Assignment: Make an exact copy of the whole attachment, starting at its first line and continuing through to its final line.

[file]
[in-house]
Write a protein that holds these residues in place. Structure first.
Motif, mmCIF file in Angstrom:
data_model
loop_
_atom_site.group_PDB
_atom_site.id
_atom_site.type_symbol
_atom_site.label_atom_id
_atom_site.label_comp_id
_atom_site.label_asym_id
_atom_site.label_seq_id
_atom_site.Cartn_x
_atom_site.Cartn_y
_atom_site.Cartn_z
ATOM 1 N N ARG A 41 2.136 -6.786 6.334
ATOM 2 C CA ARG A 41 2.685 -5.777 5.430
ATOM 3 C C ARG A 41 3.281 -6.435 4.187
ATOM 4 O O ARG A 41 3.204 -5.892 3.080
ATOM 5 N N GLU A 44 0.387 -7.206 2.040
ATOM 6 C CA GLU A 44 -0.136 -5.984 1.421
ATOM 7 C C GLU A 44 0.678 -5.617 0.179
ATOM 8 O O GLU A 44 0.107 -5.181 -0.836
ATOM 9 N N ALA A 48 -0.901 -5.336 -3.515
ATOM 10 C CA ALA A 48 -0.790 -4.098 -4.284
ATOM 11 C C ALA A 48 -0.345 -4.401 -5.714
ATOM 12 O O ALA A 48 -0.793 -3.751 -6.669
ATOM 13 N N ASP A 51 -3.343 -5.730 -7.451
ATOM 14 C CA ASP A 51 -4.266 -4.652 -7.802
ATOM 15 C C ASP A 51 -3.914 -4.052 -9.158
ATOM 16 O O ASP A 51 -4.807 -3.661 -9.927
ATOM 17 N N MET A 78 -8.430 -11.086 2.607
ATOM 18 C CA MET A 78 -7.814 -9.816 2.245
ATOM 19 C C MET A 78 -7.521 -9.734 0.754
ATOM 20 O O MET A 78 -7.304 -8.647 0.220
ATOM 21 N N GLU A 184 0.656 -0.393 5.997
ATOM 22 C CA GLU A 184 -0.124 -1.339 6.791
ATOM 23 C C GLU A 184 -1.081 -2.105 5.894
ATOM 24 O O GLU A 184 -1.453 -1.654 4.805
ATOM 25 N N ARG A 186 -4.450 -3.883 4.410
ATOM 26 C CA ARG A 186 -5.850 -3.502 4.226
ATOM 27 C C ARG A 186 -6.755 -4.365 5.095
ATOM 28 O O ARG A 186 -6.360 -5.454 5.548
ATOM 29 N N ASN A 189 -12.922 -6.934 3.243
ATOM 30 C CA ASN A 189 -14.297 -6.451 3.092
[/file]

[in-house]
Write a protein that holds these residues in place. Structure first.
Motif, mmCIF file in Angstrom:
data_model
loop_
_atom_site.group_PDB
_atom_site.id
_atom_site.type_symbol
_atom_site.label_atom_id
_atom_site.label_comp_id
_atom_site.label_asym_id
_atom_site.label_seq_id
_atom_site.Cartn_x
_atom_site.Cartn_y
_atom_site.Cartn_z
ATOM 1 N N ARG A 41 2.136 -6.786 6.334
ATOM 2 C CA ARG A 41 2.685 -5.777 5.430
ATOM 3 C C ARG A 41 3.281 -6.435 4.187
ATOM 4 O O ARG A 41 3.204 -5.892 3.080
ATOM 5 N N GLU A 44 0.387 -7.206 2.040
ATOM 6 C CA GLU A 44 -0.136 -5.984 1.421
ATOM 7 C C GLU A 44 0.678 -5.617 0.179
ATOM 8 O O GLU A 44 0.107 -5.181 -0.836
ATOM 9 N N ALA A 48 -0.901 -5.336 -3.515
ATOM 10 C CA ALA A 48 -0.790 -4.098 -4.284
ATOM 11 C C ALA A 48 -0.345 -4.401 -5.714
ATOM 12 O O ALA A 48 -0.793 -3.751 -6.669
ATOM 13 N N ASP A 51 -3.343 -5.730 -7.451
ATOM 14 C CA ASP A 51 -4.266 -4.652 -7.802
ATOM 15 C C ASP A 51 -3.914 -4.052 -9.158
ATOM 16 O O ASP A 51 -4.807 -3.661 -9.927
ATOM 17 N N MET A 78 -8.430 -11.086 2.607
ATOM 18 C CA MET A 78 -7.814 -9.816 2.245
ATOM 19 C C MET A 78 -7.521 -9.734 0.754
ATOM 20 O O MET A 78 -7.304 -8.647 0.220
ATOM 21 N N GLU A 184 0.656 -0.393 5.997
ATOM 22 C CA GLU A 184 -0.124 -1.339 6.791
ATOM 23 C C GLU A 184 -1.081 -2.105 5.894
ATOM 24 O O GLU A 184 -1.453 -1.654 4.805
ATOM 25 N N ARG A 186 -4.450 -3.883 4.410
ATOM 26 C CA ARG A 186 -5.850 -3.502 4.226
ATOM 27 C C ARG A 186 -6.755 -4.365 5.095
ATOM 28 O O ARG A 186 -6.360 -5.454 5.548
ATOM 29 N N ASN A 189 -12.922 -6.934 3.243
ATOM 30 C CA ASN A 189 -14.297 -6.451 3.092